So the next time you go to show emotion in your story, just start humming “Blueberry Hill,” and think of FATS. I hope this helps just a little.
All the best,
Some might call this a miracle and part of me tends to agree. But at the end of the day, my rational scientific mind tells me it is less a miracle than a product of conscious choices I’ve made over time.
For members of the only-God-can-keep-you-sober school it may sound like I am taking credit where credit is not due me, but my higher power. For the agnostics and atheists among us, it sounds like a truism.
To a large extent, though, this is neither here nor there. I don’t think this issue can ever be settled one way or the other. All I can do is share my experiences and tell you what has worked for me in terms of staying sober.
Here are some things that have helped me keep sober over the years:
- Having clearly defined goals that are challenging, yet achievable
- Not associating with people who drink too much
- Seeing a counselor on a regular basis
- Since I am dual diagnosed, dealing with my mood disorder, which in my case is depression, and taking the medication I know I need to stay healthy
- Partaking in healthy relationships
- Not visiting places I used to go when I drank
- Recognizing that whether I take that first drink is completely under my control—indeed, if it were not, then I’d be truly hopeless and helpless
I could add more to this list, but these are the most important weapons in my arsenal.
If you’ve ever been addicted to something, what helps keep you away from it?
All the best,
How do you frame a story idea in such a way that it lends itself to writing a whole story, or even a novel?
In Anne Lamott’s wonderful book Bird by Bird, she mentions an interview with Carolyn Chute, the author of The Beans of Egypt, Maine. In the interview Chute says, “I feel like a lot of time my writing is like having about twenty boxes of Christmas decorations. But no tree. You’re going, Where do I put this? Then they go, Okay, you can have a tree, but we’ll blindfold you and you gotta cut it down with a spoon.” Ann Lamott goes on to say that, “This is how I’ve arrived at my plots a number of times.”
Are there other ways to frame a story and develop a plot?
Yes. And I’d like to talk about one of them.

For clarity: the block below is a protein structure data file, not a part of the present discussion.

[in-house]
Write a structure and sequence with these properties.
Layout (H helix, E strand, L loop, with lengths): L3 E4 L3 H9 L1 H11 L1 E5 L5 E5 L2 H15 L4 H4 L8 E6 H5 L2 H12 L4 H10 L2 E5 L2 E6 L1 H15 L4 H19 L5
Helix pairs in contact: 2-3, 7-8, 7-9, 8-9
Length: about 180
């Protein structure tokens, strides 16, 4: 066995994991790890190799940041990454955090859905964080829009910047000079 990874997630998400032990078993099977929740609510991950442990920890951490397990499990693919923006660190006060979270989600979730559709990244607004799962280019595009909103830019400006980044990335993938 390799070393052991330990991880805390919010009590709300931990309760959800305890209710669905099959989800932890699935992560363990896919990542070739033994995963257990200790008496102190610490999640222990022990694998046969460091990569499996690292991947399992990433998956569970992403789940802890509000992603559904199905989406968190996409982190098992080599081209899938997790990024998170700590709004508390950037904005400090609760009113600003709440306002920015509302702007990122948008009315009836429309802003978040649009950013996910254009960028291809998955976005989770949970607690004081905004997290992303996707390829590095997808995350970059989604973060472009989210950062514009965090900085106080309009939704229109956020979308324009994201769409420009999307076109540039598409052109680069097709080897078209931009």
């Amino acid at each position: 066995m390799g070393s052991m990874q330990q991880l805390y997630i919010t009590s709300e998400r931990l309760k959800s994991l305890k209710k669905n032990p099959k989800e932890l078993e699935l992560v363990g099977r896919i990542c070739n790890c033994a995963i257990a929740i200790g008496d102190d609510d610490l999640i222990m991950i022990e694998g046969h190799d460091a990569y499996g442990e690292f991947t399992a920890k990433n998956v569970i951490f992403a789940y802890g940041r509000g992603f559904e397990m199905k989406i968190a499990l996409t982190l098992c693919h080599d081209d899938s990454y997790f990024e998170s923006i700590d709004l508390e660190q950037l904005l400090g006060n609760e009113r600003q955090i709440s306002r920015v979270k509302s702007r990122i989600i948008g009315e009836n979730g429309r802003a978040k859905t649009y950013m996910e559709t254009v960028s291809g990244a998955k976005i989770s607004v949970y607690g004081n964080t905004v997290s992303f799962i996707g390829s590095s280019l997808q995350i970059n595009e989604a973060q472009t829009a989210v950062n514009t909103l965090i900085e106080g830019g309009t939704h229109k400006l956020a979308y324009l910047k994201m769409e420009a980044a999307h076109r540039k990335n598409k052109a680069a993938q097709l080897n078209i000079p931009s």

But first you may think that what I’m about to say applies only to outliners and not to pantsers. That only outliners need to concern themselves, right off the bat, at least, with plot. But I believe pantsers will benefit from this discussion too, because oftentimes we have to start somewhere: we all need a tree on which to hang our ornaments. And what I’m going to talk about is essentially growing the tree.
I’m not going to talk about where ideas come from. But I will mention one place that’s worked for me. And truly I can’t think of a better place to get story ideas. And that’s from reading.
In conjunction with reading, you may benefit from playing the what-if game. As I’ll mention a little later I eventually developed the story-line for one of my novels, The Brothers’ Keepers, by playing this game—well, by playing the game and also by doing a boatload of research.
So let’s say you’ve come up with a basic idea for a story. One of the things I like to do next is to make sure the idea hasn’t been done to death. How do you do this? I suggest plugging a few key words of your topic into Amazon with the tag “fiction” added and see what comes up. Of course, if you want to find books for research, of the non-fiction variety, leave the fiction tag off. I can’t tell you how many important books I’ve found this way.
Once I’ve come up with a basic idea for a story, and thought a little about the main characters, I try to frame the story in two sentences. This framing of the story in two sentences is one of the most important things I’ve learned after writing two novels and reading a boatload of books on writing. I learned the technique from Dwight v. Swain, who lays it out in his book Techniques of the Selling Writer. If you don’t have this book, I strongly recommend you get a copy. It is my favorite book on writing.